In his column in the Washington Post today, Jackson Diehl lurches uncontrollably into one of the great truths of American foreign policy:
Barack Obama’s foreign policy strategy in this election year might be best summed up by William F. Buckley’s famous promise: to “stand athwart history, yelling stop.” Wherever war rages, crisis looms, or a truculent strongman glowers, the message from the White House has been the same: “Give me space.”
To the extent that there is an American foreign policy, that policy is extremely conservative. That has been true, with few lapses, over a very long period of time. That reflexive conservatism, along with its character as an emergent phenomenon of the frequently conflicting interests of the American people, has been what has promoted American foreign policy’s remarkable consistency over time and regardless of the party holding the White House or the Congress.
That’s completely rational: when events break as much in your favor as they have for the last couple of centuries it’s natural to want them to keep on doing so. Hence, conservatism.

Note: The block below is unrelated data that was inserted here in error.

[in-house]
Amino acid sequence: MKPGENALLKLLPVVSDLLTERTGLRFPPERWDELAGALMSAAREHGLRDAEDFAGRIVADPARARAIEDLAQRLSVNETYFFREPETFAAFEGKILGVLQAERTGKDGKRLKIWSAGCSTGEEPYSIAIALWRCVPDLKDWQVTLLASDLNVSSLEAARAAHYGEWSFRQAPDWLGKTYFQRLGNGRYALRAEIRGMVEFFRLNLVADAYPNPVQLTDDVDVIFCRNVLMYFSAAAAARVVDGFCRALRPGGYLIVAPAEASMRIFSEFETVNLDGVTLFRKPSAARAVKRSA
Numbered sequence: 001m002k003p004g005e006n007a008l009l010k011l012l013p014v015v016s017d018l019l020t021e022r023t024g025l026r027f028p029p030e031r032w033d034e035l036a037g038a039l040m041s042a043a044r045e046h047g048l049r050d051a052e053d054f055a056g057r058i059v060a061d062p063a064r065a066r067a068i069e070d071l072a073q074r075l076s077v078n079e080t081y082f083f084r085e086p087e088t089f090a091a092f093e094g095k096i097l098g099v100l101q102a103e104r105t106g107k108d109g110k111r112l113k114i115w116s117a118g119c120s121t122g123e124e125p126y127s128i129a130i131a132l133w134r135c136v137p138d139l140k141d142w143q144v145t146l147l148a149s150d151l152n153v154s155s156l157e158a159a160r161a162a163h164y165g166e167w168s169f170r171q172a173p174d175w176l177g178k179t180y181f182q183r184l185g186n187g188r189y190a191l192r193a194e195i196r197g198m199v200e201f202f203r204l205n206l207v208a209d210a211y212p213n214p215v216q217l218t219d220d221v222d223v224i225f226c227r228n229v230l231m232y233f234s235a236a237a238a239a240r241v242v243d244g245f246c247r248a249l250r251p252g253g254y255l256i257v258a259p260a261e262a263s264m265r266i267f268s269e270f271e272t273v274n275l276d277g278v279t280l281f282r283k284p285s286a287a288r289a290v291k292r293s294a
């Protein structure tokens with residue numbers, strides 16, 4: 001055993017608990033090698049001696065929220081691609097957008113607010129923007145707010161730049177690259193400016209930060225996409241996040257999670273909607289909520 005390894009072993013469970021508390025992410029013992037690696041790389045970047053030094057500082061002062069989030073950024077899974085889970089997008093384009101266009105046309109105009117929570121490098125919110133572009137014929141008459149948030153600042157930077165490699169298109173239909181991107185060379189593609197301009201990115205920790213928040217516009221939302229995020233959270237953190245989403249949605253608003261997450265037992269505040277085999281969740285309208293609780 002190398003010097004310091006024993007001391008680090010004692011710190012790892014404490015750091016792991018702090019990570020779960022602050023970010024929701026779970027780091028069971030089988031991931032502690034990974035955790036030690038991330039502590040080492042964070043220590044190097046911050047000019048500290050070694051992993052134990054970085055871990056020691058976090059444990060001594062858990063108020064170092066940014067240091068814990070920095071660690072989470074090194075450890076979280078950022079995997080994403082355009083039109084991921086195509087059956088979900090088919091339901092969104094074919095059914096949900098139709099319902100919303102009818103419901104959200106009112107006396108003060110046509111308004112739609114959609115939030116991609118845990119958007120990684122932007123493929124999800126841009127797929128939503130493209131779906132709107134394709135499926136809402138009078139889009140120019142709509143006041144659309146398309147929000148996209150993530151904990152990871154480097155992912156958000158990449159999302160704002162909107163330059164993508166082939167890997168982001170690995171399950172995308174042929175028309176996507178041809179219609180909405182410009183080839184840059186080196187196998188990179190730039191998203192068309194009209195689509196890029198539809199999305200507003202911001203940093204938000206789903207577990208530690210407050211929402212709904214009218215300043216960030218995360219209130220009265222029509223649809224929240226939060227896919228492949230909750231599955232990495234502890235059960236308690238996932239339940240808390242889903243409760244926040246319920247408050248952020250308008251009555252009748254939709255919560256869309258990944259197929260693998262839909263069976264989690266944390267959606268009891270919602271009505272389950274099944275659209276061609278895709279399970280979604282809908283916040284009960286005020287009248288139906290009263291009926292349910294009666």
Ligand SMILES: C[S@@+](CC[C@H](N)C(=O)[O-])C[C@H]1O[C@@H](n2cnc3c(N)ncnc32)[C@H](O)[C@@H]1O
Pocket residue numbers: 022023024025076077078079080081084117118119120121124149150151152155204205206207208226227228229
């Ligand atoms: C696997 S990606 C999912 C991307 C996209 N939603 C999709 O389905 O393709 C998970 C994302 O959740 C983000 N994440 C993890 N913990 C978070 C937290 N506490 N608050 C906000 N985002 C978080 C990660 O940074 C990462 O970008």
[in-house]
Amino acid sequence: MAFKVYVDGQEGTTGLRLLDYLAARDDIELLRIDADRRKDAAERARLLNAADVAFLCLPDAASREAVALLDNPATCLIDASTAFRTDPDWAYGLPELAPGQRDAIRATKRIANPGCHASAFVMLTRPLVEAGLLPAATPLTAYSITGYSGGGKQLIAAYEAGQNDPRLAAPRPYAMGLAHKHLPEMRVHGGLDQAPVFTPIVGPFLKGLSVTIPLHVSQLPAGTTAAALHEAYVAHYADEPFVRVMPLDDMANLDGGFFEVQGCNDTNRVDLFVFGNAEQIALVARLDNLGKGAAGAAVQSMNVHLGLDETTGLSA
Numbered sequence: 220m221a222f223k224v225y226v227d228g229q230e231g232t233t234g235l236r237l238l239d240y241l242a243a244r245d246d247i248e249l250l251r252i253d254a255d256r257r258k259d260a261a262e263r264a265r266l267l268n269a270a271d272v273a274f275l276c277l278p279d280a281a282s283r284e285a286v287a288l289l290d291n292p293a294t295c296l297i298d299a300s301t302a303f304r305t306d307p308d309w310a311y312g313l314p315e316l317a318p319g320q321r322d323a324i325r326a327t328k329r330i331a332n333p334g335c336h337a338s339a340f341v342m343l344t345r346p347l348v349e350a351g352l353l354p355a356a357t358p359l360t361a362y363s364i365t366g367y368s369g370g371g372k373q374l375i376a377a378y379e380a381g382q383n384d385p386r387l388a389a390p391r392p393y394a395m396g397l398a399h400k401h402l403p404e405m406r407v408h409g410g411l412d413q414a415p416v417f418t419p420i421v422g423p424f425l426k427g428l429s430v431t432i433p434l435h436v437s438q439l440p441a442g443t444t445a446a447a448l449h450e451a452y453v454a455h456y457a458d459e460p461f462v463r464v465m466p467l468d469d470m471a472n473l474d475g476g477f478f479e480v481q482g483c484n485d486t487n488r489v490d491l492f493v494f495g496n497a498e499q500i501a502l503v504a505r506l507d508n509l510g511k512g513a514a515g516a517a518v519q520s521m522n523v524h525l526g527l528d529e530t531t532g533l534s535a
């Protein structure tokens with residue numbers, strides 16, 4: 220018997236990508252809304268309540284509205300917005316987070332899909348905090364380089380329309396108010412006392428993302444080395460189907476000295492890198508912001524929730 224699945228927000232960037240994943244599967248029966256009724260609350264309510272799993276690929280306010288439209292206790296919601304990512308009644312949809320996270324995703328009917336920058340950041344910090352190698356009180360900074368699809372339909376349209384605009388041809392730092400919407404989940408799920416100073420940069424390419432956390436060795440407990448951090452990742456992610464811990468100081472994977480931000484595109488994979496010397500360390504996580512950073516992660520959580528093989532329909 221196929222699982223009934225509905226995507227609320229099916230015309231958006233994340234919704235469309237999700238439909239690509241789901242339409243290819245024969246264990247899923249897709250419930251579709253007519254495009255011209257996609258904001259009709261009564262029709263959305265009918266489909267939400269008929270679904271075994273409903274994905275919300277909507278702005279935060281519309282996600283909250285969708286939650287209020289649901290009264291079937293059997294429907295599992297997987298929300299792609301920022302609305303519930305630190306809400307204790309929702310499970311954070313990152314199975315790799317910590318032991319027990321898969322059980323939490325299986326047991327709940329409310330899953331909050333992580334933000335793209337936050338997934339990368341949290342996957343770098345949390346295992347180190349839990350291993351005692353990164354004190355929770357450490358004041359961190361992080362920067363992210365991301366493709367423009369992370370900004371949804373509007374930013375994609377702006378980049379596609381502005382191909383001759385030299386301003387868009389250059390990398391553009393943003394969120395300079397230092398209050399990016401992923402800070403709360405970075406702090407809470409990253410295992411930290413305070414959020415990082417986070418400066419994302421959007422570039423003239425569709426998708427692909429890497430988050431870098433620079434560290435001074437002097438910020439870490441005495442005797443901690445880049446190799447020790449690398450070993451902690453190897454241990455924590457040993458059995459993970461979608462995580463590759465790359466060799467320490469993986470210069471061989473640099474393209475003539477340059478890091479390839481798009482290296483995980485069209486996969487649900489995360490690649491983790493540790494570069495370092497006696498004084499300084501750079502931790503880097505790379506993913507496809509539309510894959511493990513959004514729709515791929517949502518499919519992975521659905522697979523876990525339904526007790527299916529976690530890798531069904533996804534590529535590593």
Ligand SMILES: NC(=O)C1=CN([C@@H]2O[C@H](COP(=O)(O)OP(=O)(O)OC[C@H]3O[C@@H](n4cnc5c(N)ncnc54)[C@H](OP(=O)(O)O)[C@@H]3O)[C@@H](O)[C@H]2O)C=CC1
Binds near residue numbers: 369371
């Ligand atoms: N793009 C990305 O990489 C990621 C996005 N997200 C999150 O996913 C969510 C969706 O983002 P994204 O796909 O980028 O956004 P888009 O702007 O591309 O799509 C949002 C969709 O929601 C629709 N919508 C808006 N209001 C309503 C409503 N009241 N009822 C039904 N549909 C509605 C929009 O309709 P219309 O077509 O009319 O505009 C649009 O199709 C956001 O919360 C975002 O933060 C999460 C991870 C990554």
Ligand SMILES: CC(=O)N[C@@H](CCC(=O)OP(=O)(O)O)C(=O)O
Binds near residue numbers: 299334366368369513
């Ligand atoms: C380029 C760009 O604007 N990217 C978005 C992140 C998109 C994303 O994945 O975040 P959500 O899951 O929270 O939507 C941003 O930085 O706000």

Although defense is easier than attack, the attacker dictates the terms of the engagement. Yielding the initiative, whether you call it “patience”, “leading from behind” or “waiting until after the election”, assumes that your luck will continue to hold out and that adversaries or even notional allies are incompetent or will not work against your interests.
The greatest strength of the Libya campaign, that it required no U. S. boots on the ground, was also its greatest weakness: no boots on the ground limits what little control you may have over how events unfold. As we found in Iraq boots on the ground do not necessarily mean you can dictate the outcome. But little is not none and without them there is even less control over unfolding events.
Sometimes you gets the bear, sometimes the bear gets you.